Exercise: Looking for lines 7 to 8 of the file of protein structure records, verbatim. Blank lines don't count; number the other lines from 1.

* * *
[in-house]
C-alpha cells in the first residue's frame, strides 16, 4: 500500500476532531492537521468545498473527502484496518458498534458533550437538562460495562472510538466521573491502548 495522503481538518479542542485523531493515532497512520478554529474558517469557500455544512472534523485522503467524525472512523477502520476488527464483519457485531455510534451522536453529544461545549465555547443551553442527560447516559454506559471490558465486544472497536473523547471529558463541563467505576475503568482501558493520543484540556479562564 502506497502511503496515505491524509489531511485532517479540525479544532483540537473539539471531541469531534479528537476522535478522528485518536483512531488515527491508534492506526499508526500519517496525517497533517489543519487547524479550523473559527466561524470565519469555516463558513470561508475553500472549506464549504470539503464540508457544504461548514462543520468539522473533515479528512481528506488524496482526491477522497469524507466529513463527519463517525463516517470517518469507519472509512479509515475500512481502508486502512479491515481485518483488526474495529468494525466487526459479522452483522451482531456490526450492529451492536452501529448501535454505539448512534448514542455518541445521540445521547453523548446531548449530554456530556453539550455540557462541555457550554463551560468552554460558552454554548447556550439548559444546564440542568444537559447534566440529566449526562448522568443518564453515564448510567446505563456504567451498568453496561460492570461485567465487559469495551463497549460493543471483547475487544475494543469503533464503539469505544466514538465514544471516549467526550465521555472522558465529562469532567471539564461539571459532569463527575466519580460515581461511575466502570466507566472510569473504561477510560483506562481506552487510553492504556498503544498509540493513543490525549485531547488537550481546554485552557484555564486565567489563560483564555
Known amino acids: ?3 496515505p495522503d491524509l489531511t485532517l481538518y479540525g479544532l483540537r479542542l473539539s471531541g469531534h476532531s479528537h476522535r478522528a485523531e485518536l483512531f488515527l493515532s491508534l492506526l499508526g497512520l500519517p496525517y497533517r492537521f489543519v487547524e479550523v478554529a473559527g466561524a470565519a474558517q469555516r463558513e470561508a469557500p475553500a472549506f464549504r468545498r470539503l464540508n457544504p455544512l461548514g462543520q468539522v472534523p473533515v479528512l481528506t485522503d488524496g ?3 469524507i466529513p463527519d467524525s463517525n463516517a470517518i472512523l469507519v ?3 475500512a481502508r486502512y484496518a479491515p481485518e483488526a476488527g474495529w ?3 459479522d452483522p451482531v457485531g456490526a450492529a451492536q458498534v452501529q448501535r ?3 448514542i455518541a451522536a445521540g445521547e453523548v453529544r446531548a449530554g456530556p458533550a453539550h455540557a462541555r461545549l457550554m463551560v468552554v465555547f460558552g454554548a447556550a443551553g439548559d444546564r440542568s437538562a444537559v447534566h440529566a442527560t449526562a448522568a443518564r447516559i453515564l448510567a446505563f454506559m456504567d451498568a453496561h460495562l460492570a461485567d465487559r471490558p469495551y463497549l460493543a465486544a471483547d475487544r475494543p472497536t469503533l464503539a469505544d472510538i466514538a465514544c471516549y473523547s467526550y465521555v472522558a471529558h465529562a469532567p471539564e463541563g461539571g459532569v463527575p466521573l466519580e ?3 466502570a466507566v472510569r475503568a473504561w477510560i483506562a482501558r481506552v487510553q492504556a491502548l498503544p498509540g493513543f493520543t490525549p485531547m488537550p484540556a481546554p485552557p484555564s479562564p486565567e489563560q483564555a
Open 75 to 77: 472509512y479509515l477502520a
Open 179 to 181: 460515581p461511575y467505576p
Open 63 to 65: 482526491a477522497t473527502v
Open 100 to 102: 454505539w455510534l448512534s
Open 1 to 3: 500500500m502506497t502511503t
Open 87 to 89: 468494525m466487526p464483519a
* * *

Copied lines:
Open 100 to 102: 454505539w455510534l448512534s
Open 1 to 3: 500500500m502506497t502511503t